OVERRIDE

The Children's Hour

A Novel

Marcia Willett

Thomas Dunne Books

Marcia Willet's A Week in Winter and A Summer in the Country, her first two novels to be published in the United States, were welcomed enthusiastically by both eager readers and appreciative reviewers. Her new novel, The Children's Hour, will not only delight her current ardent fans, but will garner Marcia Willett a whole new circle of friends.

The Children's Hour is set in a big old rambling house overlooking the sea, where assorted small children listened as their mother read them a story. Theirs was an idyllic childhood, as they played on the beach and in the garden and woods, before the war--and other tragedies--disrupted their lives. Now, many years later, two of the sisters, Nest and Mina, still live at Ottercombe, their beautiful family home. There they delight in their splendid dogs, the gorgeous Devon countryside, and visits from Lyddie, their much-beloved niece.

But when their sister Georgie comes to stay, unwelcome memories of their shared childhood start to emerge. As a child, Georgie claimed to know all their secrets--secrets that she now wants to share. Georgie's revelations are a reminder of long-buried passions and promises and bring unexpected shocks to a new generation struggling with their own unruly hearts. A triumph of beautifully interwoven story lines and unfolding dramas, The Children's Hour will secure Marcia Willett's growing reputation as a world-class master storyteller.

BOOK EXCERPTS

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  CHAPTER ONEEarly autumn sunshine slanted through the open doorway in golden powdery bands of light. It glossed over the ancient settle, dazzled upon the large copper plate that stood on the oak table, and touched with gentle luminosity the faded silk colours of the big, square tapestry hanging on the wall beneath the gallery. A pair of short-legged gumboots, carelessly kicked off, stood just outside on the granite paving-slab and, abandoned on the worn cushion of the settle, a willow trug waited with its cargo of string, a pair of secateurs, an old trowel and twists of paper containing precious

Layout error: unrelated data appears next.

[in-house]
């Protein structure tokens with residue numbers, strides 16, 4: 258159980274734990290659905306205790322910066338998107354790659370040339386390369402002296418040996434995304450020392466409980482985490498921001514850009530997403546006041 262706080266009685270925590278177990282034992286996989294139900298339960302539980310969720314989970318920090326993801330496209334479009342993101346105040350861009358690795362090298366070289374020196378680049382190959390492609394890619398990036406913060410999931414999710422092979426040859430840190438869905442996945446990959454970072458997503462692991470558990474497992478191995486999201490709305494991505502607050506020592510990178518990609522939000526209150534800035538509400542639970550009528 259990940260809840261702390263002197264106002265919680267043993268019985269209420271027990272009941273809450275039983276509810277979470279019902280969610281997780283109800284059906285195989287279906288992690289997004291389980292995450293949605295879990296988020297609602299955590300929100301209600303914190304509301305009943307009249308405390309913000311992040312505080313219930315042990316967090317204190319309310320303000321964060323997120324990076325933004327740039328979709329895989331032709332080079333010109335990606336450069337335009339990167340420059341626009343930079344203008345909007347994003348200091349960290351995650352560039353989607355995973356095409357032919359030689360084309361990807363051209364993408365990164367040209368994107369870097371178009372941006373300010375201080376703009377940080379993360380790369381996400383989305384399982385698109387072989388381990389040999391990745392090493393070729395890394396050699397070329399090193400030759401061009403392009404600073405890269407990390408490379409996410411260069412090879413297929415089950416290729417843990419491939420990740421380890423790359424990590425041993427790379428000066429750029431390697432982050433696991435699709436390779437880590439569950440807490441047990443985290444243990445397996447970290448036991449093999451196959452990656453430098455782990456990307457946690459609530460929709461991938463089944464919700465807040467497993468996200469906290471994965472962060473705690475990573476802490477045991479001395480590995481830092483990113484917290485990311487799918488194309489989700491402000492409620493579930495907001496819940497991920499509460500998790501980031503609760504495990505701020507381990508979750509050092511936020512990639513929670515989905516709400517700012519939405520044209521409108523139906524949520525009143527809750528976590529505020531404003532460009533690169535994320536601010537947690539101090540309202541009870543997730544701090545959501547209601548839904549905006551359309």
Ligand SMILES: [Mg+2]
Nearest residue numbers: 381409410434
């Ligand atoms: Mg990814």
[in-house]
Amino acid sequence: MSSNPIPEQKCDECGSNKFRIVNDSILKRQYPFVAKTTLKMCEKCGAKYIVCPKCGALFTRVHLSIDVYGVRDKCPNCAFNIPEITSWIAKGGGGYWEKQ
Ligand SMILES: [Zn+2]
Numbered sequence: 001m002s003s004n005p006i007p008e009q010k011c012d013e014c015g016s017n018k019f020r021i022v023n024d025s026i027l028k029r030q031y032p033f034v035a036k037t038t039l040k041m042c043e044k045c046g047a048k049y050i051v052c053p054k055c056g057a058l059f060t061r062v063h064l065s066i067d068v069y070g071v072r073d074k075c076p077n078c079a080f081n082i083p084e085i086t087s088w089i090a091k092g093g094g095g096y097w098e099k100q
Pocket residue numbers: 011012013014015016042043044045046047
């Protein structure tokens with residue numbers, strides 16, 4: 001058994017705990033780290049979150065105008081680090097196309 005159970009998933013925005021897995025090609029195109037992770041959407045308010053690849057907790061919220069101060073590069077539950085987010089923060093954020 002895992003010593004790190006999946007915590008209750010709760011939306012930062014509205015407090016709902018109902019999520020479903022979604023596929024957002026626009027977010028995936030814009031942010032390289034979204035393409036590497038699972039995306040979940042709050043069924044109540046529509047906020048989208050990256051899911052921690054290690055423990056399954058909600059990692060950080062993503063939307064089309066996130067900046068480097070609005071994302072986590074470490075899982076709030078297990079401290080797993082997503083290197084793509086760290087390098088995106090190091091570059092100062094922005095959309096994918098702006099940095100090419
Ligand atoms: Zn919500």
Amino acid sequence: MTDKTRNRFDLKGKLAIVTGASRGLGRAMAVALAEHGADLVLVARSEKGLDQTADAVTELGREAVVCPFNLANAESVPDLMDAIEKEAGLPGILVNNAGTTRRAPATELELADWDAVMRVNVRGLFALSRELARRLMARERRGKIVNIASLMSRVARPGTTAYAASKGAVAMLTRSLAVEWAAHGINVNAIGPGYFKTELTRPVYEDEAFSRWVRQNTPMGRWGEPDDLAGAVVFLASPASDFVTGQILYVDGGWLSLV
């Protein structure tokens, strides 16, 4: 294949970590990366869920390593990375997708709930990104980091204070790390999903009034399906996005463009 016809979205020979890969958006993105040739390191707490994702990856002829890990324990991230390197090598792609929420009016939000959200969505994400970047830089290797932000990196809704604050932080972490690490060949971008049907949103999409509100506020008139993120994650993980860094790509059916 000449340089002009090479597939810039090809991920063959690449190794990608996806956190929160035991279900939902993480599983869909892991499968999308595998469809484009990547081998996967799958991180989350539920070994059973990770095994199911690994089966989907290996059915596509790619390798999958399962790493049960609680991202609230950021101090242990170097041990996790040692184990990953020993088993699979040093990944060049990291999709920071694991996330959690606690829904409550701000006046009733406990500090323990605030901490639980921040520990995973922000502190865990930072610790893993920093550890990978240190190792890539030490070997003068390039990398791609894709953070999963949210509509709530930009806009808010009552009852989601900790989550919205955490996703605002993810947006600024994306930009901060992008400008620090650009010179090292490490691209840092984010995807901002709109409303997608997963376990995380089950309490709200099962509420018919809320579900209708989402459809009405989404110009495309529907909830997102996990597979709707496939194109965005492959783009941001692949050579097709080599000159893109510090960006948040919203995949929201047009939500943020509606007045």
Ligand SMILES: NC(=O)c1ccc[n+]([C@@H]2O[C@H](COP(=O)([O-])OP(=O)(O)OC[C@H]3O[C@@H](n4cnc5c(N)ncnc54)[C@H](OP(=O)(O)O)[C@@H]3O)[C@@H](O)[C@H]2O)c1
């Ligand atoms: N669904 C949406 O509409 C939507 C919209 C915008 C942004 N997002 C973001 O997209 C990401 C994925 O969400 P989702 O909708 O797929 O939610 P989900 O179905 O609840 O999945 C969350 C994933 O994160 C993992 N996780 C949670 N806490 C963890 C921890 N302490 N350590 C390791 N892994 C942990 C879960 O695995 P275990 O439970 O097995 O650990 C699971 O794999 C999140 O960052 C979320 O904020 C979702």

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REVIEWS

Praise for The Children's Hour

Reviewers Everywhere Recommend Marcia Willett's Enchanting Novels

The Children's Hour
"She may not be as famous as Binchy or Pilcher, but British writer Willett is just as gifted at combining elements of romance and melodrama into compelling women's fiction. Stylistically, her writing mirrors Pilcher's, with a hint of subtlety suggesting more literary fiction, but her generational plots and sumptuous scene setting have all of Binchy's wide ranging commercial appeal. Willett captures the sights, sounds, and smells of seaside Devon superbly, and her characters are just complex enough to draw us into the story and keep us there contentedly. A must for women's fiction readers."
- Booklist

"[An] enchanting and complex . . . tour de force about familial love. It is fair to compare The Children's Hour with the ever-popular Shell Seekers by Rosamunde Pilcher . . . . absolutely a five-star read."